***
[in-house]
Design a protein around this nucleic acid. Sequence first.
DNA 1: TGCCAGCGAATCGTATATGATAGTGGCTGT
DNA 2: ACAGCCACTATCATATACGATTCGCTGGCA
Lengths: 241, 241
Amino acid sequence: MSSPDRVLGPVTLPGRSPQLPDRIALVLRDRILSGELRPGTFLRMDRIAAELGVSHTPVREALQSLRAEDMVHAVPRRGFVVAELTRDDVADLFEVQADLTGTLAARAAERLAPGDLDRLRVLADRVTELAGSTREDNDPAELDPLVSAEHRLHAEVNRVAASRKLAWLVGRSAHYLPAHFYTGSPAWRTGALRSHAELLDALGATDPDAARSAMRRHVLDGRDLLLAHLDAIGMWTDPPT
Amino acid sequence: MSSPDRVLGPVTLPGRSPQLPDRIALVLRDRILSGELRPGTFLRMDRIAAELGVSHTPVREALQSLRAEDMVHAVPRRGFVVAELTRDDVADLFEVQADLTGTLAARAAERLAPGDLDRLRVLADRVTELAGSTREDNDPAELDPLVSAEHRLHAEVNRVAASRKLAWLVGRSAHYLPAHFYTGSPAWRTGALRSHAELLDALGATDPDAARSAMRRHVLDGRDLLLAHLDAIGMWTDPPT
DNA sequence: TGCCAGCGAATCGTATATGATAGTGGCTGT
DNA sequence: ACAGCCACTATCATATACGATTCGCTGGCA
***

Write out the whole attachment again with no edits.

[in-house]
Design a protein around this nucleic acid. Sequence first.
DNA 1: TGCCAGCGAATCGTATATGATAGTGGCTGT
DNA 2: ACAGCCACTATCATATACGATTCGCTGGCA
Lengths: 241, 241
Amino acid sequence: MSSPDRVLGPVTLPGRSPQLPDRIALVLRDRILSGELRPGTFLRMDRIAAELGVSHTPVREALQSLRAEDMVHAVPRRGFVVAELTRDDVADLFEVQADLTGTLAARAAERLAPGDLDRLRVLADRVTELAGSTREDNDPAELDPLVSAEHRLHAEVNRVAASRKLAWLVGRSAHYLPAHFYTGSPAWRTGALRSHAELLDALGATDPDAARSAMRRHVLDGRDLLLAHLDAIGMWTDPPT
Amino acid sequence: MSSPDRVLGPVTLPGRSPQLPDRIALVLRDRILSGELRPGTFLRMDRIAAELGVSHTPVREALQSLRAEDMVHAVPRRGFVVAELTRDDVADLFEVQADLTGTLAARAAERLAPGDLDRLRVLADRVTELAGSTREDNDPAELDPLVSAEHRLHAEVNRVAASRKLAWLVGRSAHYLPAHFYTGSPAWRTGALRSHAELLDALGATDPDAARSAMRRHVLDGRDLLLAHLDAIGMWTDPPT
DNA sequence: TGCCAGCGAATCGTATATGATAGTGGCTGT
DNA sequence: ACAGCCACTATCATATACGATTCGCTGGCA